The right to strike is the foundation of all other workplace rights. Pope, Bruno, and Kellman, however, do not accurately describe the most important structural constraints on that right. Those did not emerge with the 1947 Taft-Hartley Act, as they suggest, but were already brewing present when the National Labor Relations Act was signed in 1935.
The civil rights law that we need is already in existence.
The original, unamended language of Section 13 of the 1935 Wagner Act stated: “Nothing in this Act shall be construed so as either to interfere with or impede or diminish in any way the right to strike.” Why did the new law anticipate such a concern?
Decades ago labor historian Kenneth Casebeer interviewed the principal draftsperson of the Act, Leon Keyserling. When Casebeer asked whether there was a specific reason for including the residual guarantee of the right to strike. Keyserling answered:
There was a definite reason. First, because [Senator] Wagner was always strong for the right to strike on the ground that without the right to strike, which was labor’s ultimate weapon, they really had no other weapon. That guarantee was a part of his thinking. It was particularly necessary because a lot of people made the argument that because the government was giving labor the right to bargain collectively, that was a substitute for the right to strike, which was utterly wrong.
Wagner’s concerns were not unfounded. Less than three years after Congress enacted the Wagner Act, including Section 13, a legal precedent was fashioned to constrain it. The Supreme Court held in NLRB v. Mackay Radio and Telegraph Co. (1938) that it was not an unfair labor practice for the employer “to replace the striking employees with others in an effort to carry on the business.”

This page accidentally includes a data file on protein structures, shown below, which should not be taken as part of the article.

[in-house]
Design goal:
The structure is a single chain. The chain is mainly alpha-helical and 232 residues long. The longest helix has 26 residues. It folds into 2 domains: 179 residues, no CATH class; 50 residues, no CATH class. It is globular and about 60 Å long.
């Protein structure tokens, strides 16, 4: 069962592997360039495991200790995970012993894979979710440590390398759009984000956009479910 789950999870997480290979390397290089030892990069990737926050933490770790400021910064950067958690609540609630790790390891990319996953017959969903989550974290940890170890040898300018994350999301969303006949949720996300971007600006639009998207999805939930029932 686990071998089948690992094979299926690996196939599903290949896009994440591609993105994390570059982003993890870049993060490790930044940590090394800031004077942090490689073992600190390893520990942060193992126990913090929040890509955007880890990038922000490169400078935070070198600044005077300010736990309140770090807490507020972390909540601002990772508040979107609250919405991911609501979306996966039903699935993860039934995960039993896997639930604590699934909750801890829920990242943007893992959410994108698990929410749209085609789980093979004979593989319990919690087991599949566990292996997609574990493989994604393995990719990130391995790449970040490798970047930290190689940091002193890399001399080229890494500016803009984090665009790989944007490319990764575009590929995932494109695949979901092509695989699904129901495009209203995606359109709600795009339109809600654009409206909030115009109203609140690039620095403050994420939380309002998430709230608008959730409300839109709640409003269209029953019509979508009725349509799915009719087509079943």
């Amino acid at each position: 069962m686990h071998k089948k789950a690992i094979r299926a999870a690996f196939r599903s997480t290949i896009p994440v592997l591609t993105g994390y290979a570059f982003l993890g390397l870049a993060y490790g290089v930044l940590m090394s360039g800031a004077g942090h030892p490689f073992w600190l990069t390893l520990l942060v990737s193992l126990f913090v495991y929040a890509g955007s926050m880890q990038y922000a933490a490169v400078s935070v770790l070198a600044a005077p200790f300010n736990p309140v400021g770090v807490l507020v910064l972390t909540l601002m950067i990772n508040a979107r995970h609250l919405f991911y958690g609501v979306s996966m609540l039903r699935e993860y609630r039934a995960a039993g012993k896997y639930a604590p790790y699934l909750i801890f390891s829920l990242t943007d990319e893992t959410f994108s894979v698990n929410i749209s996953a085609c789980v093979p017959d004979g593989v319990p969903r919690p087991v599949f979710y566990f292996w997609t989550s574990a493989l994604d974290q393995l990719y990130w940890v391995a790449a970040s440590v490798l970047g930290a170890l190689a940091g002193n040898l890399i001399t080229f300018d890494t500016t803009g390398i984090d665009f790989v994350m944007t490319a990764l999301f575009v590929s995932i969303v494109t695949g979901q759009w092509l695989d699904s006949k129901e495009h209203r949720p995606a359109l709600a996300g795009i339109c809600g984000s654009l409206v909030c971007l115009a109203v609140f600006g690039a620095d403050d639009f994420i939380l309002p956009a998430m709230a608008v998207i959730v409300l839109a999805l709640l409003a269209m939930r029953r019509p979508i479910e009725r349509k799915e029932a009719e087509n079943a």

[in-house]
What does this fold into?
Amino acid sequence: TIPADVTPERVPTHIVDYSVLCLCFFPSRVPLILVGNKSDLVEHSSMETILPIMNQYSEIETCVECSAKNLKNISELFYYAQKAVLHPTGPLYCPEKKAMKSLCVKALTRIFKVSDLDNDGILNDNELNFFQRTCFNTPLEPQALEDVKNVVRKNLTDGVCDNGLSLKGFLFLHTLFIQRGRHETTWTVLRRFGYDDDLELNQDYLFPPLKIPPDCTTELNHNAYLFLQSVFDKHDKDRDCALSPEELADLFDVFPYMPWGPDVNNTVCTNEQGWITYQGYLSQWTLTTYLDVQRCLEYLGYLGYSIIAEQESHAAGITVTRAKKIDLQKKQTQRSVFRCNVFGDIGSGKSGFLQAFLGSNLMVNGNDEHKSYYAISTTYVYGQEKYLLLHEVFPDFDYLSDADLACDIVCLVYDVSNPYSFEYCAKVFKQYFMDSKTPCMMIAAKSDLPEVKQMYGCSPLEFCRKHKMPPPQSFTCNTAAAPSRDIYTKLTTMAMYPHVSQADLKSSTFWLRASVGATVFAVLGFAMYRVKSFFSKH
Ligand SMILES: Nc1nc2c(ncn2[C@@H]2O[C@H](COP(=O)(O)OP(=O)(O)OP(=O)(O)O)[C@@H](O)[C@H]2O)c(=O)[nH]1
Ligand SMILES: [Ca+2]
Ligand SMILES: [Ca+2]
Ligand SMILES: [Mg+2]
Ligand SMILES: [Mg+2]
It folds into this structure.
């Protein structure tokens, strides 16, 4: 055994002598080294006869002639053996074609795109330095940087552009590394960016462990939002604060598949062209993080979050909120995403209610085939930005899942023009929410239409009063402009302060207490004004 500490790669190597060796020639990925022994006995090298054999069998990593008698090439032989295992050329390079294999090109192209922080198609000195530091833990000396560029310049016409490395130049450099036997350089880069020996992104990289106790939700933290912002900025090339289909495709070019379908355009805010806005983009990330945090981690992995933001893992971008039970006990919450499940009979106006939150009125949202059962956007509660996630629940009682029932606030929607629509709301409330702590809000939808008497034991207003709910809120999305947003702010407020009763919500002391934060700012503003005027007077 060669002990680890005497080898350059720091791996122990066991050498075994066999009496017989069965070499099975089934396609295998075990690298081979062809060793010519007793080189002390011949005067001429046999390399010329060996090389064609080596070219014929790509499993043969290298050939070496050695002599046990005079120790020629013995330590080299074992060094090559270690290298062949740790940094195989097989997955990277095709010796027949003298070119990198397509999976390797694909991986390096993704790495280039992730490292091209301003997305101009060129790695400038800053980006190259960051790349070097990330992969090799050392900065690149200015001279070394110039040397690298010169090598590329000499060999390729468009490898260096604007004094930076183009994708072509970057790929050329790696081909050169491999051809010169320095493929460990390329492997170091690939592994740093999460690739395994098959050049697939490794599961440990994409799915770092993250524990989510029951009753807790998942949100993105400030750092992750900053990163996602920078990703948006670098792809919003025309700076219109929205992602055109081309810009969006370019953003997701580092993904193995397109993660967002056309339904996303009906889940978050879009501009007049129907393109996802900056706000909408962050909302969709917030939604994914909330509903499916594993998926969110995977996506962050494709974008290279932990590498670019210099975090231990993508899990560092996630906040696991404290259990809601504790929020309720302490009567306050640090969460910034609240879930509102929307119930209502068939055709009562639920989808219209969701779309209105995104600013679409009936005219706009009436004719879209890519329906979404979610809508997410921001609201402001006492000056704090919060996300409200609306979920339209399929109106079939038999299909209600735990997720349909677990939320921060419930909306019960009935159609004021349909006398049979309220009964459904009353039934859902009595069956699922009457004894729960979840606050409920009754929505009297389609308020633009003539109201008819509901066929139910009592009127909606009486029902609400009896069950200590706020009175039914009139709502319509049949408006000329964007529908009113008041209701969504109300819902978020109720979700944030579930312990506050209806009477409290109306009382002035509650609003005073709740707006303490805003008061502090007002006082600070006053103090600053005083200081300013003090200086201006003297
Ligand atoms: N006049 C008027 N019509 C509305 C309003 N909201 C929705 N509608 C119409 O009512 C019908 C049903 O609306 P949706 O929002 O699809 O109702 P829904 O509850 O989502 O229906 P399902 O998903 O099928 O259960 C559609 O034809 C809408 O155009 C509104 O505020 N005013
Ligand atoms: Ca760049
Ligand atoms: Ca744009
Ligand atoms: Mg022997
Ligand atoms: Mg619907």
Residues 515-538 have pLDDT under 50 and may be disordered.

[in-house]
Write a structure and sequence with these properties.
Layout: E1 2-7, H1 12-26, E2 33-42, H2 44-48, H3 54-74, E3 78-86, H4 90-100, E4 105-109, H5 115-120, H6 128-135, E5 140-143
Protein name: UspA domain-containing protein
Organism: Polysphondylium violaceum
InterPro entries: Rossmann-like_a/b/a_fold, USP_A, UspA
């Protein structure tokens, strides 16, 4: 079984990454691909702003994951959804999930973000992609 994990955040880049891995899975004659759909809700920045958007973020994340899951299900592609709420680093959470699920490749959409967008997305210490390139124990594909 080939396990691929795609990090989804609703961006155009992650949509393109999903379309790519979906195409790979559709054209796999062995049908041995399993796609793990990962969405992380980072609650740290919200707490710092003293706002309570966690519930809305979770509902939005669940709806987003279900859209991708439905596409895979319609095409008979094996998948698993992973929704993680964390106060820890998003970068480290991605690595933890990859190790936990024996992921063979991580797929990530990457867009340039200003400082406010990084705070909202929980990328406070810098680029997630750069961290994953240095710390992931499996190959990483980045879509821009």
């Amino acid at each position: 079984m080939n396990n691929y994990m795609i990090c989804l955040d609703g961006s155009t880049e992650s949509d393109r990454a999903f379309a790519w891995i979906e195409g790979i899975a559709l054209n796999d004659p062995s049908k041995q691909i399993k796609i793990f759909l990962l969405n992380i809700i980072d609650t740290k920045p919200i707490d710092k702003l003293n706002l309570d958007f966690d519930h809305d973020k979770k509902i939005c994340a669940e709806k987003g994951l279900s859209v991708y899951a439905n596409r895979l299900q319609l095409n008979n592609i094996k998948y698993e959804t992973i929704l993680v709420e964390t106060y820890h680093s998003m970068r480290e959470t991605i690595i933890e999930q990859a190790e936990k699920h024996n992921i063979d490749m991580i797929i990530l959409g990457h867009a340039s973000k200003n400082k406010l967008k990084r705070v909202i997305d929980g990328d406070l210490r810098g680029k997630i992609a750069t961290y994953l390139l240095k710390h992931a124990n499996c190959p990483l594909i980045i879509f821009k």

A second source of constraints on the right to strike was also at work in the mid-1930s: the practice and policy of John L. Lewis, president of the United Mine Workers. Lewis financed the formation of the new industrial unions of the Congress of Industrial Organizations (CIO) and staffed many of those unions with UMW personnel. While Lewis is credited with organizing workers on an industry-wide basis, he also advertised the CIO to business leaders as a remedy for wildcat strikes and other industrial direct action. As Jeremy Brecher writes, the 1937 contract between General Motors and the UAW that ended the pivotal sit-down strike in Flint, Michigan, pledged that there would be “no suspension or stoppages of work . . . without the approval of the international officers of the union.” Union organizers or representatives were warned that they would be dismissed if they organized any stoppages without the consent of the international officers. Lewis stated bluntly: “A C.I.O. contract is adequate protection against sit-downs, lie-downs, or any other kind of strike.” Pope, Bruno, and Kellman blame the “sale of solidarity” on temptations that labor leaders have faced since Taft-Hartley under the system of exclusive representation. In fact, it always existed.
The best way for unions to overcome the constraints they face is to refuse to enter into contracts that contain a no-strike clause.
The legal precedent, and no strike contracts that labor’s leadership devised, remain the major constraints on the right to strike. The best way to overcome them is for labor organizations to refuse to enter into contracts that contain a no-strike clause. Pope, Bruno, and Kellman argue that the Taft-Hartley system of exclusive representation thwarts any such efforts. They call for an alternative. I think we have all the laws we need.